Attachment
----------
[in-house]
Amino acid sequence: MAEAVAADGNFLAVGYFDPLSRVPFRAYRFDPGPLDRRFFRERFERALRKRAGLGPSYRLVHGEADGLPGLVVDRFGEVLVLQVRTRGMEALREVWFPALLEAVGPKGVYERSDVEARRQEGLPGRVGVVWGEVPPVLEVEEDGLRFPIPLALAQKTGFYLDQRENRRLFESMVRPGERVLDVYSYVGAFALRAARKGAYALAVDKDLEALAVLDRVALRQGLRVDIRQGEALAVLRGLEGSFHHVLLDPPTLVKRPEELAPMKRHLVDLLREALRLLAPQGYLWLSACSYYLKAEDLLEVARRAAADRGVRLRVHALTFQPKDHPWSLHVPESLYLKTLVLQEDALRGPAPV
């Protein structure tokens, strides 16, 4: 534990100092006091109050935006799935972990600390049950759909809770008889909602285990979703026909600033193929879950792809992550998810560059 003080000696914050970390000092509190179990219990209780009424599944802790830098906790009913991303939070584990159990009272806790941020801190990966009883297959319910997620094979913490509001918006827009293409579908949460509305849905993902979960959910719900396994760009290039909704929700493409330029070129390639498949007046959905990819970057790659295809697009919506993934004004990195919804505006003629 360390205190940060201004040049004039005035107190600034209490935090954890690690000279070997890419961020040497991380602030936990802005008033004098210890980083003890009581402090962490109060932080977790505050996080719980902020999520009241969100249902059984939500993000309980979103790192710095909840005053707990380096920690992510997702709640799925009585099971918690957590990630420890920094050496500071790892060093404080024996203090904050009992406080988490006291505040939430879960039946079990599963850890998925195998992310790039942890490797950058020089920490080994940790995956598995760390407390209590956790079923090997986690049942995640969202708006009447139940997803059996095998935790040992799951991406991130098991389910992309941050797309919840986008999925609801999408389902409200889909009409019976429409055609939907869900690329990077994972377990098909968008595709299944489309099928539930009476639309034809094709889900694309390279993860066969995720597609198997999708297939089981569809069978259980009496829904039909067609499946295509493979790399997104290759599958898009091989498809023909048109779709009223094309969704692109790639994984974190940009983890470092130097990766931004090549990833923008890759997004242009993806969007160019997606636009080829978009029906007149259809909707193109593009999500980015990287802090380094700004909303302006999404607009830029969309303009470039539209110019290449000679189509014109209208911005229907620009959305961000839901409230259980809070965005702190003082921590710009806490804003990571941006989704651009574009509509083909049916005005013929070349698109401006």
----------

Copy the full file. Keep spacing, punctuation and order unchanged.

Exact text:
[in-house]
Amino acid sequence: MAEAVAADGNFLAVGYFDPLSRVPFRAYRFDPGPLDRRFFRERFERALRKRAGLGPSYRLVHGEADGLPGLVVDRFGEVLVLQVRTRGMEALREVWFPALLEAVGPKGVYERSDVEARRQEGLPGRVGVVWGEVPPVLEVEEDGLRFPIPLALAQKTGFYLDQRENRRLFESMVRPGERVLDVYSYVGAFALRAARKGAYALAVDKDLEALAVLDRVALRQGLRVDIRQGEALAVLRGLEGSFHHVLLDPPTLVKRPEELAPMKRHLVDLLREALRLLAPQGYLWLSACSYYLKAEDLLEVARRAAADRGVRLRVHALTFQPKDHPWSLHVPESLYLKTLVLQEDALRGPAPV
């Protein structure tokens, strides 16, 4: 534990100092006091109050935006799935972990600390049950759909809770008889909602285990979703026909600033193929879950792809992550998810560059 003080000696914050970390000092509190179990219990209780009424599944802790830098906790009913991303939070584990159990009272806790941020801190990966009883297959319910997620094979913490509001918006827009293409579908949460509305849905993902979960959910719900396994760009290039909704929700493409330029070129390639498949007046959905990819970057790659295809697009919506993934004004990195919804505006003629 360390205190940060201004040049004039005035107190600034209490935090954890690690000279070997890419961020040497991380602030936990802005008033004098210890980083003890009581402090962490109060932080977790505050996080719980902020999520009241969100249902059984939500993000309980979103790192710095909840005053707990380096920690992510997702709640799925009585099971918690957590990630420890920094050496500071790892060093404080024996203090904050009992406080988490006291505040939430879960039946079990599963850890998925195998992310790039942890490797950058020089920490080994940790995956598995760390407390209590956790079923090997986690049942995640969202708006009447139940997803059996095998935790040992799951991406991130098991389910992309941050797309919840986008999925609801999408389902409200889909009409019976429409055609939907869900690329990077994972377990098909968008595709299944489309099928539930009476639309034809094709889900694309390279993860066969995720597609198997999708297939089981569809069978259980009496829904039909067609499946295509493979790399997104290759599958898009091989498809023909048109779709009223094309969704692109790639994984974190940009983890470092130097990766931004090549990833923008890759997004242009993806969007160019997606636009080829978009029906007149259809909707193109593009999500980015990287802090380094700004909303302006999404607009830029969309303009470039539209110019290449000679189509014109209208911005229907620009959305961000839901409230259980809070965005702190003082921590710009806490804003990571941006989704651009574009509509083909049916005005013929070349698109401006």